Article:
The United States has more immigrants than any other country in the world, and immigration is transforming the U.S. population. Today, more than 40 million people living in the U.S. were born in another country, which constitutes one-fifth of the world’s migrants. Just about every country in the world is represented among U.S. immigrants, blending people of different races, ethnicities, and cultures, thus being seen as a success story in a transition to a multiracial and a multicultural society.

Americans have historically been divided in their beliefs about long-terms effects of growing diversity. While some support the rapid growth of minorities as a welcome continuation of the “melting pot” tradition, others fear the waning disappearance of America’s European heritage. These anti-immigrant anxieties find solace in populist and xenophobic political promises and policies, as well as in racial and ethnic protests and extremist acts. Thus, in previous waves of anti-immigrant unrest that predated this trend’s most recent permutation during the administration of Donald J. Trump, a war on illegal immigration proliferated in the 1990s, mobilized voters and fueled American politics. During that decade, Americans also witnessed racial riots in Los Angeles, the burning of African American churches in the South, and murders on racial grounds, including of a Filipino postal worker in California and of a black man in Texas. Presidents Bill Clinton, George W. Bush and Barack Obama all built walls and fortified the U.S.-Mexico border and increased the number of Border Patrol agents. Interestingly, these anti-immigration federal policies did not always match actual immigration patterns. Even at times when immigration stabilized and dropped, politicians continued to use xenophobia to mobilize voters, pass anti-immigration laws, and support for-profit detention facilities. In short, the idea that undocumented immigrants, as well as minorities, present a danger to the U.S has deep historical roots.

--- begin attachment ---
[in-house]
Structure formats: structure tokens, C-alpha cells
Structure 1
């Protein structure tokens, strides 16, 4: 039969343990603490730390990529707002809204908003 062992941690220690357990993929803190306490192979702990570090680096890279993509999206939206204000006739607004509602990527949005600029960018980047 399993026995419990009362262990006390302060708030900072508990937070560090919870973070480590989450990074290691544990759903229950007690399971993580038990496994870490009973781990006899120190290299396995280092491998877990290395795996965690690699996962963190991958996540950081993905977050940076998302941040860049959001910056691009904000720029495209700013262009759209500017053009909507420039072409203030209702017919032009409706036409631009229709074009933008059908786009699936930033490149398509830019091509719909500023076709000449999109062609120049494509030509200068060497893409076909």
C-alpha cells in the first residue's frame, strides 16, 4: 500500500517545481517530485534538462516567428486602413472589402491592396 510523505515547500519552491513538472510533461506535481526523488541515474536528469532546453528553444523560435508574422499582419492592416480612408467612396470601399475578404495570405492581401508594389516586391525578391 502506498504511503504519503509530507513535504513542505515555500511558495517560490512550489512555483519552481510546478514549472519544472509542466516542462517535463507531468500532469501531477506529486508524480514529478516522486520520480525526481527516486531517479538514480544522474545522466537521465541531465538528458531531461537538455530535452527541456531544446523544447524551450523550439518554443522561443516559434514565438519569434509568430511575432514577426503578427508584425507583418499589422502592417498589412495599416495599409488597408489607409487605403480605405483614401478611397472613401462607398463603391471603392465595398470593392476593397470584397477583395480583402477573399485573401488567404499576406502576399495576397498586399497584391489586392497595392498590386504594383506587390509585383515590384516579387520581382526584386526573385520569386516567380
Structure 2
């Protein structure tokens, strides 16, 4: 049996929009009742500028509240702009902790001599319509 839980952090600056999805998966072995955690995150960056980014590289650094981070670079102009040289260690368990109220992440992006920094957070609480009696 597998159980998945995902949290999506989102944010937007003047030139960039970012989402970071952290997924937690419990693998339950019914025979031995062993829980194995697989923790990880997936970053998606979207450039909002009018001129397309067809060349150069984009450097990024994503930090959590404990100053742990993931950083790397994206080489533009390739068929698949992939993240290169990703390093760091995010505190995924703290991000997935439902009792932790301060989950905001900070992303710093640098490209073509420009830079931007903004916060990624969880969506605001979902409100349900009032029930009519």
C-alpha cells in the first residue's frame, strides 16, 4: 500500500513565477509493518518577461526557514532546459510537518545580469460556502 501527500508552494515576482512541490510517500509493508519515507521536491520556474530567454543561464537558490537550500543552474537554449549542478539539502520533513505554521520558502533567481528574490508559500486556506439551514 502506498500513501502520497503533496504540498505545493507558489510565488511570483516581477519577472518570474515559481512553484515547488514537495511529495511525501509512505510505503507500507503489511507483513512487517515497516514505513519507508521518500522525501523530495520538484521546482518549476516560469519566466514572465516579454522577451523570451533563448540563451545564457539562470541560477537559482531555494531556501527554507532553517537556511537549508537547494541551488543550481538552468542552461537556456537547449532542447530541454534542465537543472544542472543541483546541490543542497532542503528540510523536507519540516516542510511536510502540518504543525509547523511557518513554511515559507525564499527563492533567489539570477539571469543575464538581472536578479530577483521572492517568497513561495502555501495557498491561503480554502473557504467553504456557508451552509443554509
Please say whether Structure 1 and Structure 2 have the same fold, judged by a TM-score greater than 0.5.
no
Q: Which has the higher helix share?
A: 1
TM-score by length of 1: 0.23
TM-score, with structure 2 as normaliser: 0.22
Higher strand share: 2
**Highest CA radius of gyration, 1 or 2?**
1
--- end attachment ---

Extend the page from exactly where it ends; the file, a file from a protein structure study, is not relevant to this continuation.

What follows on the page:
The latest upsurge of xenophobic anxieties became the keystone of Trump’s presidential election in 2016. From demonizing Mexican immigrants as “rapists” and “criminals” and pledging to build a wall along the entirety of the U.S.-Mexico border, to branding Syrian refugees as a “Trojan horse” and ISIL supporters, The Trump administration has helped radicalize American political discourse that has benefited extremists across the ideological specter, ranging from proponents of the radical right to Islamists to the representatives of the radical left.